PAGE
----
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I'm working on a responsive website, the desktop view has 2 levels of navigation. The sitemap roughly looks like this:

Cat1

  • SubCat1
  • SubCat2
  • SubCat3

Cat2

  • SubCat1
  • SubCat2
  • SubCat3
  • SubCat4

Cat3

  • SubCat1
  • SubCat2

Cat4

  • SubCat1
  • SubCat2
  • SubCat3

I'm wondering what the navigation should look like on a mobile/small tablet. What would be the most efficient pattern?

Thanks for your help :)

  • It really depends on what the nav-links do, how many of them are needed in the mobile site and what your user's expectations are. – Steve Jones Nov 24 '14 at 15:30
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    @SteveJones Never ever give your mobile customers a less functional website, it only creates frustration. You may want to display them differently, but give them access to all of it rather than treat them as second class citizens! – Thor84no Nov 24 '14 at 15:40
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    @Thor84no Blanket assertions are less than optimum (including this one). I can think of numerous options that belong on desktop sites that I've created, but not on the mobile equivalents. IMHO, YMMV, of course. – Steve Jones Nov 24 '14 at 17:28
  • @SteveJones If you're talking something like settings or other minor things, then that might make sense. However, in my opinion, it'd be an extremely rare case where actual content should be hidden from the mobile version. There are people that only access the web from mobile devices and they shouldn't miss out on content because of that. I'm interpreting the categories/subcategories mentioned in the OP as suggesting content. – Thor84no Nov 24 '14 at 17:34
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    @Thor84no As always, it depends upon the specific situation. No blanket assertions. – Steve Jones Nov 24 '14 at 17:47
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I think with this many menu options the "hamburger menu" would be a good way to go. A lot of users know this approach from big sites and apps like Facebook. It is an easy way to give your users all menu options while saving a lot of screen real estate for your content when your navigation doesn't need to be visible.

If your 1st level categories are just headlines for your subcategories and not links to their own page you could make those reveal their subcategory menu points on tap.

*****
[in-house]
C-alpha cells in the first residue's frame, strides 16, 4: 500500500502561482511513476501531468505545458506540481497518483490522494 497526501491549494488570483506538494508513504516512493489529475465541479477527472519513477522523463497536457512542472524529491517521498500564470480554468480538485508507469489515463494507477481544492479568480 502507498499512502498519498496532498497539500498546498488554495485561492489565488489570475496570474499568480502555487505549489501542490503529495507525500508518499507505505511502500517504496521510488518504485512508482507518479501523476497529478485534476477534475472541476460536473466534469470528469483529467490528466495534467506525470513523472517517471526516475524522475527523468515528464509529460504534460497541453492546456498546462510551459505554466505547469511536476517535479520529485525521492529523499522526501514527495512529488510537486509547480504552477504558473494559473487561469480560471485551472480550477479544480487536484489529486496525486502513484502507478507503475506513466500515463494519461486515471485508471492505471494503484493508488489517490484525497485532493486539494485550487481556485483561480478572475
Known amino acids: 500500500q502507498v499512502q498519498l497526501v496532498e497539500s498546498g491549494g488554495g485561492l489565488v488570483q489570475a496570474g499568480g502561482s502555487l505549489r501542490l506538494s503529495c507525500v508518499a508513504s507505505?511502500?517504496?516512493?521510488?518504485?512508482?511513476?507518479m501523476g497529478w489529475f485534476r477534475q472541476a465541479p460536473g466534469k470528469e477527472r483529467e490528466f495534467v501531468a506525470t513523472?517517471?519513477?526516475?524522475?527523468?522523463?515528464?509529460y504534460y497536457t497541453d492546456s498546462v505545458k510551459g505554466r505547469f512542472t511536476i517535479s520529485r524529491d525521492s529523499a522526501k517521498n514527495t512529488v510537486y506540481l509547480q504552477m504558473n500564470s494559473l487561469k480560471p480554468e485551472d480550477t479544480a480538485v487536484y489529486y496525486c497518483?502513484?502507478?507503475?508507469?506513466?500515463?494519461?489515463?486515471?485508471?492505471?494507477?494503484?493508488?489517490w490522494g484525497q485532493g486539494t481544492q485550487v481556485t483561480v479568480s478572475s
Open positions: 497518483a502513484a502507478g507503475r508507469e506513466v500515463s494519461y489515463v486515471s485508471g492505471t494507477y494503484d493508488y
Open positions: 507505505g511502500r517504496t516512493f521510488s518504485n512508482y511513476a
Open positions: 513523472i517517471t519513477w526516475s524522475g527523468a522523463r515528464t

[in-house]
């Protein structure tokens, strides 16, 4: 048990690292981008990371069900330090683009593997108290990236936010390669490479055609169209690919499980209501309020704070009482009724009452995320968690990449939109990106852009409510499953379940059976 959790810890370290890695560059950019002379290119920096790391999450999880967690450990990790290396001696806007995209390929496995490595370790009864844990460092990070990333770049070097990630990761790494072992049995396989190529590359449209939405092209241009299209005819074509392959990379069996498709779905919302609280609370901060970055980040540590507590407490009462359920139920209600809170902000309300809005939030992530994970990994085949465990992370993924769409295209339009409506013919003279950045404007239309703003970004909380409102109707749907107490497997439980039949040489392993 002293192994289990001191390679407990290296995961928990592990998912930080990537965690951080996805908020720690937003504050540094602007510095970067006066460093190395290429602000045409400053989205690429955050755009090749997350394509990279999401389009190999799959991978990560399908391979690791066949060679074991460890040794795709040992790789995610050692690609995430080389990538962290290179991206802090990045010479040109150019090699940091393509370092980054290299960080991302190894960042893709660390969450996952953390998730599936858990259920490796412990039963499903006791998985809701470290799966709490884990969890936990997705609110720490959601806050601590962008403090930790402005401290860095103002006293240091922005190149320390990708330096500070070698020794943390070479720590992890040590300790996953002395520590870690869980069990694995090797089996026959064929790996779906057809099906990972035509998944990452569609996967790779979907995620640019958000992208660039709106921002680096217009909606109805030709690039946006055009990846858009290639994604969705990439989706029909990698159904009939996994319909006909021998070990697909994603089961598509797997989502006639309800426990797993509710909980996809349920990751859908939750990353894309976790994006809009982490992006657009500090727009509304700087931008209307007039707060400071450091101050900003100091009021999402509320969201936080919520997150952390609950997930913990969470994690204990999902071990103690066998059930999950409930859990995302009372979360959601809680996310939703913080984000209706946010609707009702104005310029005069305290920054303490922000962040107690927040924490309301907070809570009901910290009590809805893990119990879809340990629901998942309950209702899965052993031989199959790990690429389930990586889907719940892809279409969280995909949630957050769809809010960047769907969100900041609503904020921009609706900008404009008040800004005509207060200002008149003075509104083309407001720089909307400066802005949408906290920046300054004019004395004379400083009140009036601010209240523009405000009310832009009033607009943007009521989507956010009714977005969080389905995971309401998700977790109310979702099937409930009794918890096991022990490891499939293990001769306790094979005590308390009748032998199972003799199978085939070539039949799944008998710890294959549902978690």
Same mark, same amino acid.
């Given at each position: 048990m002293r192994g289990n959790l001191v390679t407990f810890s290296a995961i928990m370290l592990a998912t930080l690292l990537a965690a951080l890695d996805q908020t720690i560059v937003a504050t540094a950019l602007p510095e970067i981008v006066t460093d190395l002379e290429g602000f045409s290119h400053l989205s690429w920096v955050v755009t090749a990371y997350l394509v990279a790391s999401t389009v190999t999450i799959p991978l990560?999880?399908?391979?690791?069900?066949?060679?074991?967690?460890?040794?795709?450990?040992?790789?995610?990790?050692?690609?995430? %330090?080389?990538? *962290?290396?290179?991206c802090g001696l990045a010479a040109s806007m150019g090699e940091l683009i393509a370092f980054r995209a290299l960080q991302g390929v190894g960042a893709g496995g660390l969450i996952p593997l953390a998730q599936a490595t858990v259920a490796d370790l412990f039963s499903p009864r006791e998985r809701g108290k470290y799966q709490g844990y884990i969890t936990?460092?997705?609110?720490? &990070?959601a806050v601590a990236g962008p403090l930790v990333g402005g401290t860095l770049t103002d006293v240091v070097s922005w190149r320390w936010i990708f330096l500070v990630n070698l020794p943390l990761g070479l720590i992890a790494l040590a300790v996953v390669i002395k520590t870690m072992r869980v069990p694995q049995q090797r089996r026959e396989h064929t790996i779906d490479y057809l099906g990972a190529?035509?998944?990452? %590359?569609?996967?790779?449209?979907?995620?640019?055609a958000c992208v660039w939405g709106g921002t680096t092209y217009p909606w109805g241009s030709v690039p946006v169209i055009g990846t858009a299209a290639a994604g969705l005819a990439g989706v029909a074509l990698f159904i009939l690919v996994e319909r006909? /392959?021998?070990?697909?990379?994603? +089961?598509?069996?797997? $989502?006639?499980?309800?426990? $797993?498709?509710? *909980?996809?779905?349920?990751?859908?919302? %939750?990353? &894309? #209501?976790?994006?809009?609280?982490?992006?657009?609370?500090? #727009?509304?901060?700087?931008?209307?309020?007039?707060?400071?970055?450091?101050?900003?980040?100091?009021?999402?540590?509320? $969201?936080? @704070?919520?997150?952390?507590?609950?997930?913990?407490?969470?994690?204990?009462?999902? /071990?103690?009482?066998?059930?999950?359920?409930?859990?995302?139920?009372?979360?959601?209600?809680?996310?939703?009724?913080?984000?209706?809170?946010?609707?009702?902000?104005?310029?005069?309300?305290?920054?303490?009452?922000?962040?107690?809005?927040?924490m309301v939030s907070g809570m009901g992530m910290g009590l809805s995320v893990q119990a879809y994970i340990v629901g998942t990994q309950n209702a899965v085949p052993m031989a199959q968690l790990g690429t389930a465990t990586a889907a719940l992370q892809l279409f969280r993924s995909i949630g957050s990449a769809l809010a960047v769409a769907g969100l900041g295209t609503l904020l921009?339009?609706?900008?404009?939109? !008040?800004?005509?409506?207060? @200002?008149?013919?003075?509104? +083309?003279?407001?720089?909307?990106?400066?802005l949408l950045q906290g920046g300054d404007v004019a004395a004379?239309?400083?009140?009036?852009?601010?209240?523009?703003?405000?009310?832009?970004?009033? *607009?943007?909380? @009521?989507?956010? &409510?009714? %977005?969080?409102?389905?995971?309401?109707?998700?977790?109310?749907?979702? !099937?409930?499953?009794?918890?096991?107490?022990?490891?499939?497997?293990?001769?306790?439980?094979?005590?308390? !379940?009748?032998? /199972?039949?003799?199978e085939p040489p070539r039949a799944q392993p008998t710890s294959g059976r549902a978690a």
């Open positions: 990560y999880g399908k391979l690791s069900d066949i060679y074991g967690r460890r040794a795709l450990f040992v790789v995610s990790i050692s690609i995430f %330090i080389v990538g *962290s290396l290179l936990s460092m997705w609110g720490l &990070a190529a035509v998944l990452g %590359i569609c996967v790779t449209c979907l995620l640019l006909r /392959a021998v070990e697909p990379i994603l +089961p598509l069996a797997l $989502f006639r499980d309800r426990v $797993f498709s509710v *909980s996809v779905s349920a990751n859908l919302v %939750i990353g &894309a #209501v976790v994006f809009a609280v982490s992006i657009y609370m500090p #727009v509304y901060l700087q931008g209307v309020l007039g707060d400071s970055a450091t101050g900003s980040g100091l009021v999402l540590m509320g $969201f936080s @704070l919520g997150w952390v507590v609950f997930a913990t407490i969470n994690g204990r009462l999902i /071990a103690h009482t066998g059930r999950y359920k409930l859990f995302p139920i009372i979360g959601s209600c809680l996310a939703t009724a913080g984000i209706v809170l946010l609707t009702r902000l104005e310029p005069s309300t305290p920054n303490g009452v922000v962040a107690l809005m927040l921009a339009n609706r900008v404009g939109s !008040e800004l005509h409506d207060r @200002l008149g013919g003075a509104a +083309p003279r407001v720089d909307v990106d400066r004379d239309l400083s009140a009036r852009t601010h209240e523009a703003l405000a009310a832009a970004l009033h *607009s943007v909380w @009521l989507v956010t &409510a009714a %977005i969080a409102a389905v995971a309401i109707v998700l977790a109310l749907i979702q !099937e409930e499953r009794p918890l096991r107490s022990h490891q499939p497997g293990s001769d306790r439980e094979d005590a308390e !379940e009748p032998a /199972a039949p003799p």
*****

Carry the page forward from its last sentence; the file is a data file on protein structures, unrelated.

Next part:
• I agree this is a good solution, though I believe it's worth considering whether to have subcategories displayed by default or not. If there are a lot of subcategories it might be worth hiding them, but users would appreciate not having to do an extra tap every time they navigate somewhere. A hybrid approach where most frequently used categories show subcategories by default might be useful, though in that case, consider collecting data to really know which are commonly used. – Thor84no Nov 24 '14 at 17:40
  • you have to be careful though to not confuse users when only showing a portion of availiable subcategories. You could show the most important 2 or 3 menu points and offer a "show more". Again, it depends heavily on the site structure and content. – Thomas Nov 24 '14 at 18:02
  • I agree with this solution, too, @Thor84no, and would only add that you could show a default category as open to initiate and suggest user action. For example; take Cat1 and display the subcategories with Cats 2-4 as "closed", and when the user taps a different category, close Cat1 to make room for the tapped category to open and reveal subcategories. – Duskus Nov 24 '14 at 21:27
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    @Thomas I totally agree. There's quite a lot of nuance here that we can't very well decide for the OP, just thought it was worth mentioning for consideration. – Thor84no Nov 25 '14 at 11:40

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